The residents of Lake Wylie, South Carolina, know what growing pains feel like. The town’s population has tripled since 2000, largely because of the area’s good schools, low taxes, and close proximity to Charlotte, North Carolina, where there’s a strong financial and tech job market.
But word about the good living in Lake Wylie seems to have gotten out too quickly, because the town’s infrastructure is now cracking under the pressure.
So much so, that the York County Council recently put a 16-month moratorium on commercial and residential rezoning requests, as well as consideration of any new apartment complexes or subdivisions in the town of 12,000 people, the Wall Street Journal recently reported.
“We’re kind of running out of room and we don’t have the infrastructure really to carry it,” Kelly Trites, a real estate agent for Lake Wylie Realty, told Inman. “What we need is more commercial [development] and less residential [development] in the area.”
Classes in schools have been steadily pushing classroom capacity over the years, while a 20-mile commute to Charlotte has grown to an hour-long drive on the interstate. A drive of three miles across town can take 40 minutes.
One of the more frustrating side effects of the town’s growth is the intense stress it’s placed on the water system. Over the past two years, Lake Wylie residents have been under boil-water advisories 12 times. For five months in 2019, residents were also blocked from watering lawns, washing cars and filling pools.
Blue Granite Water Co., which operates the town’s water system, stated to the Wall Street Journal that there was a 40 percent increase in water demand from 2014 to 2019 and the company is seeking a rate increase — raising the already high $115 per month rate to $177 per month (the state median is $57) — in order to cover increased costs from municipal suppliers and help pay for investments in new infrastructure.
Although it’s still early into the ban, Trites told Inman that it hasn’t made much of an impact yet because so many projects were already in progress: “There’s so much in process right now that you wouldn’t even know there’s a ban. We’ve just been overrun.”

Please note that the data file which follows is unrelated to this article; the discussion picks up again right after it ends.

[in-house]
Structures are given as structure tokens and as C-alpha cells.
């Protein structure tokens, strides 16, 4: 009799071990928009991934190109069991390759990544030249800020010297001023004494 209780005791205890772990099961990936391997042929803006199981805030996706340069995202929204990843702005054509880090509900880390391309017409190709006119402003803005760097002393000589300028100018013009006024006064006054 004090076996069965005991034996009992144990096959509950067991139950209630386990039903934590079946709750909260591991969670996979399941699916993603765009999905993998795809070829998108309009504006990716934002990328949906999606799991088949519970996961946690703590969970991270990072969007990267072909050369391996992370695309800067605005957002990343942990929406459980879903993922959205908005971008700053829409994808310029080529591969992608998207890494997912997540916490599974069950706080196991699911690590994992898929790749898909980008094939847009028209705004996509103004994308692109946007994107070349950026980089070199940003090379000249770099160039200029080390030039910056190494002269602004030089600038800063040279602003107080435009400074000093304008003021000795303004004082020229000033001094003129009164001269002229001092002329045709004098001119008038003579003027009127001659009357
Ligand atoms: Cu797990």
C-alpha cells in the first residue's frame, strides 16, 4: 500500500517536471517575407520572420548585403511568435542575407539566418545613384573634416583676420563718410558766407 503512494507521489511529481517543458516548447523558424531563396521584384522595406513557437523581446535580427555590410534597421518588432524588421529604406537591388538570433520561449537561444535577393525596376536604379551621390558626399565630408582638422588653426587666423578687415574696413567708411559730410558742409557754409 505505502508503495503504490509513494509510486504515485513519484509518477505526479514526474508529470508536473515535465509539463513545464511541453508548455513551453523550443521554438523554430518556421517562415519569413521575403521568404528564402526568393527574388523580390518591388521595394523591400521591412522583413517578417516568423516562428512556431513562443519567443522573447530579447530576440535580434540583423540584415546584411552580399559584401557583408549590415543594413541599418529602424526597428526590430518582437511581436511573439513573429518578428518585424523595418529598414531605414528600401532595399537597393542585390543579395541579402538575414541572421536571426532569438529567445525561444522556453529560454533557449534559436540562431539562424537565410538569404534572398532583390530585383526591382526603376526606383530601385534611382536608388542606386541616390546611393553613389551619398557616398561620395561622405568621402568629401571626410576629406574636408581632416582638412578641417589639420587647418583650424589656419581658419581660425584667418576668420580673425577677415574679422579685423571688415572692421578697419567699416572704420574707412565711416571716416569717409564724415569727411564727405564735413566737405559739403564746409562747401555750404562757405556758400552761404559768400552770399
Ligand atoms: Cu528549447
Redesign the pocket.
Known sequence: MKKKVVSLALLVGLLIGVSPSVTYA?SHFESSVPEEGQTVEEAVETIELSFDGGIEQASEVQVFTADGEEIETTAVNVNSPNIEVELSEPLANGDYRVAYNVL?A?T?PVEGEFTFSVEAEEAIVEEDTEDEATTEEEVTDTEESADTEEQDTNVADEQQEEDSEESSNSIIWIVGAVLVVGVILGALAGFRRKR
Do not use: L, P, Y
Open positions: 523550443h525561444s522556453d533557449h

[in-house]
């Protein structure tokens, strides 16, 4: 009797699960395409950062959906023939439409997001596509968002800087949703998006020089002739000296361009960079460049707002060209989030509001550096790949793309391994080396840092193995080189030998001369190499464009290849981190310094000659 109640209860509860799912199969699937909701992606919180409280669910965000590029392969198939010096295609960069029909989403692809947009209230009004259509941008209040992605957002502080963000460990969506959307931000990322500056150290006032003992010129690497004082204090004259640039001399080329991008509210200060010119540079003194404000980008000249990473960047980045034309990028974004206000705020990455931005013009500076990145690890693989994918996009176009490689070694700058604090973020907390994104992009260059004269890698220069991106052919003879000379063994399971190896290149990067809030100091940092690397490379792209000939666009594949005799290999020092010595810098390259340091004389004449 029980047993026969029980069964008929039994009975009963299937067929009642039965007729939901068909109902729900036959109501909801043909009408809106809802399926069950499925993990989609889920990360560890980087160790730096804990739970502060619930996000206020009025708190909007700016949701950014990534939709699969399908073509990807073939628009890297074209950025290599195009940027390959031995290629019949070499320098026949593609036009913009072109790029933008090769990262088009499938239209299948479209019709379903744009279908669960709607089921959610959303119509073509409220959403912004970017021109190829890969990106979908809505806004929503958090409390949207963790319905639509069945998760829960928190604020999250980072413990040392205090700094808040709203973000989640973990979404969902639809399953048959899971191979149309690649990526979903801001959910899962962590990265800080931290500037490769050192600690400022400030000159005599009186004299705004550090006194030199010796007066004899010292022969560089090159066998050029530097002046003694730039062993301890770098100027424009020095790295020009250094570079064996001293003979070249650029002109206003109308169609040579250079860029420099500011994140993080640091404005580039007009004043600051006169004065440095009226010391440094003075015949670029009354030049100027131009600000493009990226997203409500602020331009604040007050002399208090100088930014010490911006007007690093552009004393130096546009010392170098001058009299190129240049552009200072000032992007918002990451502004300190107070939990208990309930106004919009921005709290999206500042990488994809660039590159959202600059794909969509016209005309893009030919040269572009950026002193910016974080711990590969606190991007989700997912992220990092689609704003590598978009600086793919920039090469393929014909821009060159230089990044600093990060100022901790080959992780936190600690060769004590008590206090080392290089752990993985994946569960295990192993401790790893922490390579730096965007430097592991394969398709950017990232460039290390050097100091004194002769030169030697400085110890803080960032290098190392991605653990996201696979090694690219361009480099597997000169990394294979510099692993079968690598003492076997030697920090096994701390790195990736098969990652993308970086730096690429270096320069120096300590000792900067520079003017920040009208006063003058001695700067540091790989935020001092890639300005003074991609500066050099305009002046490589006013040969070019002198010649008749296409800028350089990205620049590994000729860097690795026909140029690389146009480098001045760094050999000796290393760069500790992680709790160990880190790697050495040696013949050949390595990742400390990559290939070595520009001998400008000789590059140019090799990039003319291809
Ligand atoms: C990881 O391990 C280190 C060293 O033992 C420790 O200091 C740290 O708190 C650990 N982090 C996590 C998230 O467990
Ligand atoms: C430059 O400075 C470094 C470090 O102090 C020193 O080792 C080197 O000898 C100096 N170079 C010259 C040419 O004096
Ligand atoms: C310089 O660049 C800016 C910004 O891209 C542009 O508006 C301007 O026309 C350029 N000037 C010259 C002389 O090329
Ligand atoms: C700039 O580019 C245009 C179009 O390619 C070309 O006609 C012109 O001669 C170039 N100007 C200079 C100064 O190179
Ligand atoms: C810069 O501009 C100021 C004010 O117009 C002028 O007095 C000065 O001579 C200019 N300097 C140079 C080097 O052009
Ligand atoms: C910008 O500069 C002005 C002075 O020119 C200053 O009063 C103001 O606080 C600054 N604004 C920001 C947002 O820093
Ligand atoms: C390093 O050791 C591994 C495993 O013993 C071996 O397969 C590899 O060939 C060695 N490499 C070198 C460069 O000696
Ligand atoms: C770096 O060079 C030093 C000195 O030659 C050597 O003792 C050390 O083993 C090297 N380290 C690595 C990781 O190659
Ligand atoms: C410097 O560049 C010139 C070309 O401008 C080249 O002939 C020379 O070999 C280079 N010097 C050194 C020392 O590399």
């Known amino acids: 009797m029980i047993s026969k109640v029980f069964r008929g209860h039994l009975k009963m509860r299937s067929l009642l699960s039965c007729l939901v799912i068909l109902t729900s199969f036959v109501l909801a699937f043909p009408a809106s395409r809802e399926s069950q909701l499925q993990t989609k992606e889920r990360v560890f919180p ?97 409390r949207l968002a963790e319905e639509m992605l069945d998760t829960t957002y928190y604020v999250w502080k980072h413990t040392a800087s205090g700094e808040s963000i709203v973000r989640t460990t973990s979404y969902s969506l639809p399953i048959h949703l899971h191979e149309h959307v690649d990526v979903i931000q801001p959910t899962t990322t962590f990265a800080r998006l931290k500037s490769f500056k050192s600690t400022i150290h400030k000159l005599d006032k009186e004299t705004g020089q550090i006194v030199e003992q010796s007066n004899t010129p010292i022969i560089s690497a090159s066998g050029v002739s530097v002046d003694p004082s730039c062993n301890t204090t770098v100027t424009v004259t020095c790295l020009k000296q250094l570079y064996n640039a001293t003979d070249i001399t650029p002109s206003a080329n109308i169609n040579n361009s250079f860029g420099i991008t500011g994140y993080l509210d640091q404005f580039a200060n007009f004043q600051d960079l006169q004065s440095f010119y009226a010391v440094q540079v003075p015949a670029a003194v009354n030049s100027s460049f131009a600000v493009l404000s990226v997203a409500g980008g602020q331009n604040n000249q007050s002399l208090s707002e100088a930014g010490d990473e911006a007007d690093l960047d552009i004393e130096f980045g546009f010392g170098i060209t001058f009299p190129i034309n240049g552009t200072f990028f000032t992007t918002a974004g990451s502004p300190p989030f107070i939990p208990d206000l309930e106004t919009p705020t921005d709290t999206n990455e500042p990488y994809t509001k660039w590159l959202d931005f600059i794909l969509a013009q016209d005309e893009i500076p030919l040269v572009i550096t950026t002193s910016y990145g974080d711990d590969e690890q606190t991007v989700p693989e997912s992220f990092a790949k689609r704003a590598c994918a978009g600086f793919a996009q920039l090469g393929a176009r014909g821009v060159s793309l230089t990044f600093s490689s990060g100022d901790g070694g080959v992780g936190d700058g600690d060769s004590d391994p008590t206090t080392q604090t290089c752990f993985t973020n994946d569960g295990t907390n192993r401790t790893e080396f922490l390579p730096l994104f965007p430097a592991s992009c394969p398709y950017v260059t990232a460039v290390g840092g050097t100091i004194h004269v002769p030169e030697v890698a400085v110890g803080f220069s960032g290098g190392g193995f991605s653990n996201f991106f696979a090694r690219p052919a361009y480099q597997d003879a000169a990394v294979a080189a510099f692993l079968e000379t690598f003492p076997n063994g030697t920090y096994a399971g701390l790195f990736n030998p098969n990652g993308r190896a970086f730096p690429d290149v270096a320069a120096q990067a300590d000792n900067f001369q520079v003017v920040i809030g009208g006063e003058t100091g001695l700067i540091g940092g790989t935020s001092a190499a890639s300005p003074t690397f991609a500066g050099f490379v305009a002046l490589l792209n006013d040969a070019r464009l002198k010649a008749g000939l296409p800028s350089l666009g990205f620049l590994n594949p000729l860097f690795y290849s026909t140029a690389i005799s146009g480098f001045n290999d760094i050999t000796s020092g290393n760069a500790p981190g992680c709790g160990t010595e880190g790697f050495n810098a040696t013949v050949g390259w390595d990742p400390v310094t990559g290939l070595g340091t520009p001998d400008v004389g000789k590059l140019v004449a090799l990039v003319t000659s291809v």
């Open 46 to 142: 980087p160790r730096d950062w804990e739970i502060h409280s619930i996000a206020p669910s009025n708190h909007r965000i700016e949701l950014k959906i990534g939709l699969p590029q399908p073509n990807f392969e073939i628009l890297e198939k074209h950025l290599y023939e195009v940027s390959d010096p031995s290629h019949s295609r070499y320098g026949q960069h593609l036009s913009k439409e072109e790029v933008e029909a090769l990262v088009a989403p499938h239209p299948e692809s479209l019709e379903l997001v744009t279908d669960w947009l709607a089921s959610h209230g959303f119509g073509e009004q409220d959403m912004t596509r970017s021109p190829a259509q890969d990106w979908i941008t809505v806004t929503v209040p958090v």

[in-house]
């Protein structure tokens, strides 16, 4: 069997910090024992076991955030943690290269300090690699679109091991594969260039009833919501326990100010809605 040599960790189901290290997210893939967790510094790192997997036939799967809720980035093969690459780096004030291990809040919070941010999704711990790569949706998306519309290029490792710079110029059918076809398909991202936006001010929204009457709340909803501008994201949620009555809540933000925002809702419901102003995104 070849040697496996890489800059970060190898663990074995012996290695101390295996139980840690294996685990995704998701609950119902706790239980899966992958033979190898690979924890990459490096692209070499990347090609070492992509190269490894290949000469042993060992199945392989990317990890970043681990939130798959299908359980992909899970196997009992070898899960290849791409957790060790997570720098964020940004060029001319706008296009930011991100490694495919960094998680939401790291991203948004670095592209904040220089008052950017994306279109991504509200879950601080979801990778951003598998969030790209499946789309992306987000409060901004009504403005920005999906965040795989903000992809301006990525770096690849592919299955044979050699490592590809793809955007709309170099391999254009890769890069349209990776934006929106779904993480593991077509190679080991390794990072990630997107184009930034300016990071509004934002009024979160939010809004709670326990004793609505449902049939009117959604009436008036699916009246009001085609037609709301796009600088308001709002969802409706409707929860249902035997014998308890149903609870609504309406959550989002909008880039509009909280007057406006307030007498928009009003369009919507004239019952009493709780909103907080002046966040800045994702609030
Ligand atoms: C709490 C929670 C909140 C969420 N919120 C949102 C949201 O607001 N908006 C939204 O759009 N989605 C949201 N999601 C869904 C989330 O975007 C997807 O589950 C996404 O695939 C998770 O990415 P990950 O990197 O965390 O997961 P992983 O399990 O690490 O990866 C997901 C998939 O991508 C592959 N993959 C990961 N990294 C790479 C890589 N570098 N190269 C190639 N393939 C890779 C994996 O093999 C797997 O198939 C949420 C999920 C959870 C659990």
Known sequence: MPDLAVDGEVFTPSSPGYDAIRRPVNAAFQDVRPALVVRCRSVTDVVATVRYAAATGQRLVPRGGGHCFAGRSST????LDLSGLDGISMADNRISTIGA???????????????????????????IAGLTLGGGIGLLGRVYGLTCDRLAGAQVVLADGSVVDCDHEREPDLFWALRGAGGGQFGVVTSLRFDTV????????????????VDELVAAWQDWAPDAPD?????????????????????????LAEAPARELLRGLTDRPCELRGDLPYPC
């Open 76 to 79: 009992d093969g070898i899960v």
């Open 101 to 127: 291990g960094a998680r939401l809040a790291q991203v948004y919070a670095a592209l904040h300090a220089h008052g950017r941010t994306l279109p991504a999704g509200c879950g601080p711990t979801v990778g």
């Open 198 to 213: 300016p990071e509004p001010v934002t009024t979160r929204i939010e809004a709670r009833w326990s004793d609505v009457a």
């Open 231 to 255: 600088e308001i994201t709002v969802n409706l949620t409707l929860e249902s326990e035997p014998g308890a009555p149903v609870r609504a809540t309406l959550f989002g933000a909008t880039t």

“We still have about six housing projects going up right now,” she added.
In years past, Lake Wylie was seen as a quiet summer oasis, a small town with a summer camp and cabins close to good fishing. A steep cut to South Carolina’s residential property tax in the mid-2000s caused a significant migration to the state, however, and tax breaks issued to the state by former Governor Nikki Haley also drew businesses from Charlotte and neighboring areas around the same time. The resulting influx of people and businesses put perhaps too much pressure on the town.
In general, individuals who live and work in Lake Wylie seem pleased with the county council’s decision, and a little irked by the phrase “ban on growth” that’s been employed by the media.
“I believe it’s long overdue,” Brian Wade, broker and Realtor at Lake Wylie Property, told Inman in an email.
“And I believe ‘ban on growth’ is not the phrase we should be using. ‘Pause on growth’ is more accurate … Most area residents, myself included, support conscious, concerted growth. This temporary moratorium allows community leaders the opportunity to reassess Lake Wylie development and its direct effect on local infrastructure, services and school. The unincorporated Lake Wylie, South Carolina area is a census designated place (CDP). If Lake Wylie were a town or city, it would rank as third largest in the county, yet we have lacked the general oversight and control of a municipality.”
Drew Choate, Realtor and president of the Lake Wylie Man Team/Choate Team at Keller Williams Realty, also didn’t agree with the term “ban.”
“To me, ‘ban’ has a very negative connotation,” Choate said. “It seems to me a little stronger of a word than what I perceive as going on … it’s only 16 months, and it’s only on certain types of projects … it’s not like we’re not going to see any building for a while.”
“Out of most [residents] I’ve spoken to, they’re in favor of it,” Choate added. “Everyone wants to know that the county is taking the time it needs to make sure they’re properly planning out for the future because we’ve seen so much growth, not only in Lake Wylie, but bordering towns.”
“[The] majority of residents welcome the pause on growth,” Wade said. “Many have been asking for this for years.”